It’s going to be a warmer winter than normal, according to Environment and Climate Change Canada (ECCC) in its winter seasonal outlook, released on Dec. 1.
“El Niño conditions, which contributed to extreme global temperatures during the summer and autumn of 2023, are expected to continue through this winter season,” the press release states.
Alysa Pederson, ECCC meteorologist, said those El Niño conditions will be comparable to what Jasper saw in 1997 and 2015 with respect to how strong it is expected to be through January 2024.
“What we expect it to do is give us this big blocking ridge pattern. Through the season, we’re going to be coming in at above normal temperatures, and then, of course, below normal precipitation,” she said.
“It doesn’t look to be a very good snow year.”
Data obtained from the ECCC’s weather page for Jasper shows that there has only been 23.7 mm of precipitation since the start of November. That data does not show how much came not frozen but in liquid form during a rainfall early last week.
That was a really good rain event, Pederson said, which left this park and then pulled south to Banff. The combination of the liquid over the frozen ground created challenging driving conditions on the roads and highways.
While she didn’t have information on what average precipitation is for Jasper, she said Banff’s figures would be comparable. She confirmed that Banff is usually at 33 mm for total precipitation for this time of year, most of which would be snow.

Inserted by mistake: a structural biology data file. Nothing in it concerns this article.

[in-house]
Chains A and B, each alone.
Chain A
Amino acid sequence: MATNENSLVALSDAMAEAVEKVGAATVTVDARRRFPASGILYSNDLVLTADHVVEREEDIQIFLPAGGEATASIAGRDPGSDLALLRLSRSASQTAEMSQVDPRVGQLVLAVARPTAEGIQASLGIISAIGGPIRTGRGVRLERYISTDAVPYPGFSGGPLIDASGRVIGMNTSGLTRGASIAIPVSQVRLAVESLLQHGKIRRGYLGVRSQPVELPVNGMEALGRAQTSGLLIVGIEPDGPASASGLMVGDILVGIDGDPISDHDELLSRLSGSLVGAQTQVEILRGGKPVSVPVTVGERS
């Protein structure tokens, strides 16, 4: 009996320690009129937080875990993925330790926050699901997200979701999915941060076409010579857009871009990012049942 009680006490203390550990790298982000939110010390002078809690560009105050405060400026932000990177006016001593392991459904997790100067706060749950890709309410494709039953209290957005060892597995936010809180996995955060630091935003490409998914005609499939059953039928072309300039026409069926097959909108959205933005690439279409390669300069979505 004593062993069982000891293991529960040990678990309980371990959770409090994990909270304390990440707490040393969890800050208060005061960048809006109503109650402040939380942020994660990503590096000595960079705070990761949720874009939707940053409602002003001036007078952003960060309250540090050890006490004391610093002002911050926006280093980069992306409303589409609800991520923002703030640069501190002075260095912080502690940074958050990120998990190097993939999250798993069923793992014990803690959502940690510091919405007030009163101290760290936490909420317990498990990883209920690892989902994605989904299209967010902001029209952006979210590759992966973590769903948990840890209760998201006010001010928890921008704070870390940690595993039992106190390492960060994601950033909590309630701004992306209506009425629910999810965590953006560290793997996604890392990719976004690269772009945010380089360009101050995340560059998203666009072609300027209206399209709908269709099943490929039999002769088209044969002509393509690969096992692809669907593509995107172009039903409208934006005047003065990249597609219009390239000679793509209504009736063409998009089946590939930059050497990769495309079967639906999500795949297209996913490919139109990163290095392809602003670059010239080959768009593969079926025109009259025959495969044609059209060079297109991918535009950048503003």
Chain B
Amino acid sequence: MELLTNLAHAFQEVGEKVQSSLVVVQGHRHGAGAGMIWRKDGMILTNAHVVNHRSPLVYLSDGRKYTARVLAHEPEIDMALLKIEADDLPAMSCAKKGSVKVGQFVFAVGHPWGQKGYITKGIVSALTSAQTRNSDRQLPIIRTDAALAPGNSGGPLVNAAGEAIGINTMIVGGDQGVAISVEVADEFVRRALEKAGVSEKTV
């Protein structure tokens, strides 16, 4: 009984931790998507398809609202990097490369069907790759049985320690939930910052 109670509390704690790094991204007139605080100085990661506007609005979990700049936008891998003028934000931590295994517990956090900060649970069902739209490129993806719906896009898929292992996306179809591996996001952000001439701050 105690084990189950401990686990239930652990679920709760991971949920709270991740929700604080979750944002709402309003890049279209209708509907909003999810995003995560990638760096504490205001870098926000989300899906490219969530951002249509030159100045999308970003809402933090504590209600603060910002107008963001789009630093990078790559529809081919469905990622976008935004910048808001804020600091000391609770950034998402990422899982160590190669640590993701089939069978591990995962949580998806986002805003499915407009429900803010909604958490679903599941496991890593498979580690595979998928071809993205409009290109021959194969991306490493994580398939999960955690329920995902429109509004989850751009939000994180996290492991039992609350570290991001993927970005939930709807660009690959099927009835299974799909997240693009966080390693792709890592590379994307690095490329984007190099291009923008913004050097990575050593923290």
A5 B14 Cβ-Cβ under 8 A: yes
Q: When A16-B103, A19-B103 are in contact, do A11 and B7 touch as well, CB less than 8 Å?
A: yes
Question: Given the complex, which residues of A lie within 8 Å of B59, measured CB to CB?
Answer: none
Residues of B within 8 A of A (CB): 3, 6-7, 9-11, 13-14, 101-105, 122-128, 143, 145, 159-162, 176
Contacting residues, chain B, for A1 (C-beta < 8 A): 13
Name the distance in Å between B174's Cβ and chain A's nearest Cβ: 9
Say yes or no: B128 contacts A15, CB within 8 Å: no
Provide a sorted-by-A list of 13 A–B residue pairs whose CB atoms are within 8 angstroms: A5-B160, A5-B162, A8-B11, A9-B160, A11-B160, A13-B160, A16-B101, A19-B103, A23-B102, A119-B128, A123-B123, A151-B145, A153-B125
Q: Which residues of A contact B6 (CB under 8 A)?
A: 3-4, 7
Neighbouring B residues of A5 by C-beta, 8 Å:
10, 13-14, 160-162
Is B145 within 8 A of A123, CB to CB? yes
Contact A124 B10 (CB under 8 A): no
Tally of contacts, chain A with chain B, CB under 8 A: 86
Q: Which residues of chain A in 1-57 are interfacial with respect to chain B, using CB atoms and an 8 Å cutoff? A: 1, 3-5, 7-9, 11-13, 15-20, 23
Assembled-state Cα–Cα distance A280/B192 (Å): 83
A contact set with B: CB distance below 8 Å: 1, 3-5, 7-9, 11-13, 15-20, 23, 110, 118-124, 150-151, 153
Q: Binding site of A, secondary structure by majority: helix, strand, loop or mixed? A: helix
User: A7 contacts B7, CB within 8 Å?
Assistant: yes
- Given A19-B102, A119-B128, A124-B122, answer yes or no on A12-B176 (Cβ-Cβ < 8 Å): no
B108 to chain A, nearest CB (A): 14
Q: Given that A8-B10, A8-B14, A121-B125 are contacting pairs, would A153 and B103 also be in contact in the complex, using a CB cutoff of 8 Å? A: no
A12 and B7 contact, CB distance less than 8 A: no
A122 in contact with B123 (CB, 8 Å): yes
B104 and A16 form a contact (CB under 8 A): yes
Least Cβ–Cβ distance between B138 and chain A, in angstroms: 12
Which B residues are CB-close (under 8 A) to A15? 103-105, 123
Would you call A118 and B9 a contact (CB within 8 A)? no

If you compare that 33 mm to Jasper’s current 23.7 mm (as of Monday), that calculates to our precipitation level being approximately 30 per cent below average.
The British Columbia River Forecast Centre indicates that levels (for mountain ranges in the southeast of the province) are at about 50 per cent of what the normal is for the 1991 to 2020 period. That information is representative of conditions for Jasper National Park as well.
The press release noted that a provisional report from the UN’s World Meteorological Organization confirmed that 2023 is set to be the warmest on record, with global temperatures rising 1.4 C above pre-industrial levels. Climate change is not only making the world hotter, but it is also affecting the frequency, duration and intensity of extreme weather everywhere, including this country.
“Canada is warming at roughly double the global rate, and even more in the north, which will lead to more damaging weather events,” it said.
Despite the expectation of a relatively warm season, there will still be severe weather in various forms, such as snow, wind, and freezing rain.
“Canadians are urged to regularly monitor weather forecasts, take all winter weather alerts seriously, and get prepared for winter weather events by developing an emergency plan or adjusting their travel plans,” it said.
Canadians can download the WeatherCAN app to receive weather alert notifications for anywhere in the country.
The latest forecasts and severe weather warnings are available through Environment and Climate Change Canada’s weather website, the WeatherCAN app (available for Android and iOS devices), Weatheradio and Hello Weather (1-833-794-3556).
By Scott Hayes, Local Journalism Initiative Reporter
Original Published on Dec 12, 2023 at 10:00